Combustible Celluloid
Search for Posters
Own it:
Search for streaming:
NetflixHuluGoogle PlayGooglePlayCan I
With: Ayesha Dharkar, Parmeshwaran, Vishnu Vardhan, Bhanu Prakash, K. Krishna, Sonu Sisupal, Vishwas, Anuradha
Written by: Santosh Sivan, Ravi Deshpande, Vijay Deveshwar
Directed by: Santosh Sivan
MPAA Rating: Unrated
Language: Tamil with English subtitles
Running Time: 100
Date: 03/19/2013

The Terrorist (1999)

3 1/2 Stars (out of 4)

Being Malli

By Jeffrey M. Anderson

Sanosh Sivan's The Terrorist was featured at the 1999 San Francisco International Film Festival, and before that at the 1998 Cairo Film Festival where John Malkovich was on the jury. Malkovich wrote in the New York Times about how bored he was with all the mediocre product out there and how he suddenly perked up when The Terrorist began. He says he was "stunned" by it and claims it is "one of the most memorable films I've seen in years." And now, for its U.S. release, Malkovich is acting as a presenter. After seeing the film myself, I can't argue too much with him.

The Terrorist focuses on Malli (Ayesha Dharkar), a 19 year-old Indian girl who has grown up in the middle of the India-Pakistan conflict. Her brother has already become a famous martyr and she volunteers for a suicide mission that will make her one too. She is to greet a Pakistani luminary with a bomb strapped to her waist and blow him -- and herself -- to smithereens. I can't tell you much more because it will ruin the power of the film.

Sivan was a cinematographer before he made his directorial debut with The Terrorist. The film was shot for something like $50,000 in 16 days and it looks as delicate and professional as a Hollywood epic. The whole film takes place from Malli's point of view, so much so that her breathing sounds in our ears during the whole film. There are even quick black-outs from time to time as Malli is closing her eyes and thinking.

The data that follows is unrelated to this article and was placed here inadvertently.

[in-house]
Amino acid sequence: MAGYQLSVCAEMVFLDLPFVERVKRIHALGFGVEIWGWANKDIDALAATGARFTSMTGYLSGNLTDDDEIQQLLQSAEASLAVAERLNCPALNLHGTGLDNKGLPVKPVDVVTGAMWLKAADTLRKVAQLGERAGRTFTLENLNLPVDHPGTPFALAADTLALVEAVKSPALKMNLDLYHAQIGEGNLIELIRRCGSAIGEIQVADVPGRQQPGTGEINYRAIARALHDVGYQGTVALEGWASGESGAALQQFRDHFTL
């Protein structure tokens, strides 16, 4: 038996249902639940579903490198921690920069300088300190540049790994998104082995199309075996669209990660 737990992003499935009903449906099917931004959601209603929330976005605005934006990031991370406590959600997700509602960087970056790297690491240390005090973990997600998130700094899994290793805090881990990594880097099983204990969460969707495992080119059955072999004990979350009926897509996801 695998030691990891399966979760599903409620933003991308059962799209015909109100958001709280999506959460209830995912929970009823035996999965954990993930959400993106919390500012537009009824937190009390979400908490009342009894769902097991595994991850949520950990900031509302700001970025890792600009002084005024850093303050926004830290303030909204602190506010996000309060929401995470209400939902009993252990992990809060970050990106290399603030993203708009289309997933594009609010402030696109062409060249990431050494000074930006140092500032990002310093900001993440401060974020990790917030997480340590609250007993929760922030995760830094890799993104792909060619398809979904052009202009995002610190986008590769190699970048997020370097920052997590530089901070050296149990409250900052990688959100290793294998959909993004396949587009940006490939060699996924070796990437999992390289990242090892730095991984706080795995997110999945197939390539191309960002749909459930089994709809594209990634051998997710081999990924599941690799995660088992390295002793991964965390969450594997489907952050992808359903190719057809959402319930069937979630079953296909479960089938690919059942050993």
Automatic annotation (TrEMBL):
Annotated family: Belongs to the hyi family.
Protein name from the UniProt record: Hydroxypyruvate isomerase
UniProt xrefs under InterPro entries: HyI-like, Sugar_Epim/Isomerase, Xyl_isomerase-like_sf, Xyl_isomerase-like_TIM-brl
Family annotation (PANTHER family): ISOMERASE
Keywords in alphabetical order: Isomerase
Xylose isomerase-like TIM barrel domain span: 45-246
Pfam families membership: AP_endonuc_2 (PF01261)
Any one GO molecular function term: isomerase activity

The film starts showing us Malli's prowess and fearlessness on the battlefield, as well as her femininity and humanity. She's an incredibly beautiful girl that has had more training than childhood and she often ponders things she's lost, including a young wounded soldier she met on the battlefield. After she volunteers for her big suicide mission it's a combination of both preparing and waiting for the big day. While she waits she stays at the house of an old man who is wise in the ways of the world. The old man has a comatose wife who sleeps with her eyes open staring into Malli's room and Malli develops a connection with the old woman that seems almost mystical.

To the movie's credit, there is no information about the war itself, about its causes or its reasons. We don't know who the man is that Malli is supposed to kill and we never see his face. In fact, we don't see many faces except Malli's. This is her interior story and it doesn't matter what her opinion or anyone else's is. All that matters is how she feels.

Since the plot is minimal the movie has to get across to us the intensity of waiting. It focuses on the feel of rain, sweat, and blood, of the jungle and of food. Her room in the old man's house is full of photographs (his son was a photojournalist) and she spends a lot of time gazing at them. Likewise, the camera lingers on Malli's face for long periods of time, and it's a magnificent face. I could have gazed at it for another half hour.

Finally, as it must, the big day comes. We've seen Malli rehearsing every movement over and over so we know the routine as well as she does. My heart was pounding during this final scene and I had to stop and catch my breath while the credits rolled. It's not often a movie comes along that affects you like this. The Terrorist plays for only one week at the Lumiere, so make it your top priority.

CD Universe
Movies Unlimtied